Check the soil moisture level out to the dripline before watering your lemon trees. Use a soil moisture meter to get accurate results on demand. Otherwise, push your finger into the soil. If the soil feels dry at a depth of 2 inches (5 cm)—or if the soil moisture meter reads “dry” when inserted to this depth—it’s time to water your lemon tree.
- Measure the moisture in your soil.
- Portable and easy to place anywhere in your garden.
- No batteries are needed.
Can You Overwater Lemon Trees?
You can overwater lemon trees if you give them water too often. The amount of water lemon trees need changes through the years and from season to season. During spring and fall, one 30-minute watering session with a soaker hose is required every two weeks. During the height of summer, you may need to increase this to one watering session per week. When winter arrives, you can reduce or pause watering if your trees are getting natural water from rainfall.
- You can easily overwater your lemon trees.
- The amount of water to give your trees changes through the years.
- Young trees need 2 inches (5 cm) of water per week.
- Mature trees need 2 inches of water every two weeks.
- Double watering frequency when summer temperatures climb above 90℉ (32℃).
Giving your trees too much water results in damage to the roots. The waterlogged roots cannot absorb enough oxygen to start. Nutrient uptake decreases as the excess water flushes out the soil. The leaves start to droop first. Then, the roots will rot, resulting in the death of the tree.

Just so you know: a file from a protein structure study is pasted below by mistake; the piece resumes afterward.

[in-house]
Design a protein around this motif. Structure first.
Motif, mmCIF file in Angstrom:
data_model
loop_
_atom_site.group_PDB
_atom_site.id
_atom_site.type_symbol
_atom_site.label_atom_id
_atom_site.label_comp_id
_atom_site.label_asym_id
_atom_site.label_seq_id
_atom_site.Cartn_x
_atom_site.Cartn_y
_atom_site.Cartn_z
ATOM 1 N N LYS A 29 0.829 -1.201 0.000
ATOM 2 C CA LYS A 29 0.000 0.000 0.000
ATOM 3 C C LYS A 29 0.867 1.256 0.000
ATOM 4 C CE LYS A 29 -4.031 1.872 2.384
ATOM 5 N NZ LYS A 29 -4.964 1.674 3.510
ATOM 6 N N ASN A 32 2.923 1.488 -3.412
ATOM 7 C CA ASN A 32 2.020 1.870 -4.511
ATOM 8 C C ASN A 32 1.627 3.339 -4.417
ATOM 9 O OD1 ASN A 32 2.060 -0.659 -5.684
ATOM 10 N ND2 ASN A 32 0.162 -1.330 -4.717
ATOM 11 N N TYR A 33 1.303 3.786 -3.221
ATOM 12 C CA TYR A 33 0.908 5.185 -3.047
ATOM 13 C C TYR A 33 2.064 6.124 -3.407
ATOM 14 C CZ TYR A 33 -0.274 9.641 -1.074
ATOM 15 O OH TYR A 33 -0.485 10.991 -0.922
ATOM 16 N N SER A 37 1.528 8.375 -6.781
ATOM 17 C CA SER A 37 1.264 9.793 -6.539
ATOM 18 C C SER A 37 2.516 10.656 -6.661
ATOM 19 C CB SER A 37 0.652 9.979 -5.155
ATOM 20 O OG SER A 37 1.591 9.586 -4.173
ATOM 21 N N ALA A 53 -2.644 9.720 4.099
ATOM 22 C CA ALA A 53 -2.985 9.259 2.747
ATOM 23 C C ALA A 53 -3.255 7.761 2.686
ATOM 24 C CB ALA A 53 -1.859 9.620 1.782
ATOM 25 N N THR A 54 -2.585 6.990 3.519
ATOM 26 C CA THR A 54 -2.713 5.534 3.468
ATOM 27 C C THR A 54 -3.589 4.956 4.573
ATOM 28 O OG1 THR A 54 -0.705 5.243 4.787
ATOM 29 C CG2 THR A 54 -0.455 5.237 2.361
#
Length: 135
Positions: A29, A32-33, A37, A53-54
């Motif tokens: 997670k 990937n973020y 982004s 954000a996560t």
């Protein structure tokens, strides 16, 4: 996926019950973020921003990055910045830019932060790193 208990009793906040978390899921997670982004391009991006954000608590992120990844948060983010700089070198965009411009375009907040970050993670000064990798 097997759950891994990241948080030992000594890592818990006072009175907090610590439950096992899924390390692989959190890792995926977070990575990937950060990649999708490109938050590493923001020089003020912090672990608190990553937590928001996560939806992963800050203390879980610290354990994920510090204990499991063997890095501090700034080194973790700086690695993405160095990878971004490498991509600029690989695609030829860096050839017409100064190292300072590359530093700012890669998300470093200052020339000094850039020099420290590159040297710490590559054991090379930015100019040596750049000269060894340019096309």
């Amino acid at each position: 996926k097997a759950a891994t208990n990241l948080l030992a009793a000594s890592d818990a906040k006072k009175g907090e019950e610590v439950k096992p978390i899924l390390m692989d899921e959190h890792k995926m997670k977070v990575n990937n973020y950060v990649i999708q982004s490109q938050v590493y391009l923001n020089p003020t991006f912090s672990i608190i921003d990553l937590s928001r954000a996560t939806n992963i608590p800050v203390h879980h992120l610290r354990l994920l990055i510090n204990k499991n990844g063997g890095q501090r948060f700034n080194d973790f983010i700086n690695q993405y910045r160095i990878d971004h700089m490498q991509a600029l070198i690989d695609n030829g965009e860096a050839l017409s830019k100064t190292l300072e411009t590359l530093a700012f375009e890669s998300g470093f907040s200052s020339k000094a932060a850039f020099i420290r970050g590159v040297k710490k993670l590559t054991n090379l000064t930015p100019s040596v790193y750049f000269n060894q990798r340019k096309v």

How Do You Know If Lemon Trees Need Water?
Lemon trees need water when the soil feels dry 2 inches (5 cm) below the surface. Poke your finger in the soil around your tree to see if it feels moist. If not, then it’s time to water your tree. Use a soil moisture meter for more accurate results.
- Lemon trees need water whenever the soil starts to feel dry at 2 inches (5 cm) in depth.
- Use your finger or a soil moisture meter to gauge the soil moisture level.
- The leaves on your lemon trees will curl without enough water.
- Damage to the leaves occurs due to the effects of drought stress.
The leaves will start to curl when your lemon tree doesn’t get enough water. Then, they will start to feel dry and crisp before falling off. The damage to the leaves occurs due to drought stress. If these signs are present, you must water your lemon tree right away to keep it from dying.
Does a Lemon Tree Require Lots of Water?
Lemon trees need enough water to keep the soil moist at all times. In order to achieve this, follow these tips:
- Use a soaker hose or drip irrigation system to evenly provide water to the area beneath the entire lemon tree branch canopy.
- For the first year after planting, water with a soaker hose for 30 minutes once per week.
- Once your tree has been established for a year, reduce watering to 30 minutes with a soaker hose every two weeks.
- Double watering frequency when summer temperatures rise above 90℉ (32℃).
- Reduce watering during winter or rainy periods to prevent overwatering.
- Overwatered lemon trees will fail to pull in oxygen and die.
- Underwatered lemon trees will lose their leaves and die if they are not saved with quick watering.
When you take the time to get your watering methods dialed in, your lemon trees will produce lots of fruit. You can then enjoy it fresh, preserve your lemons for later, or share the bounty with your neighbors.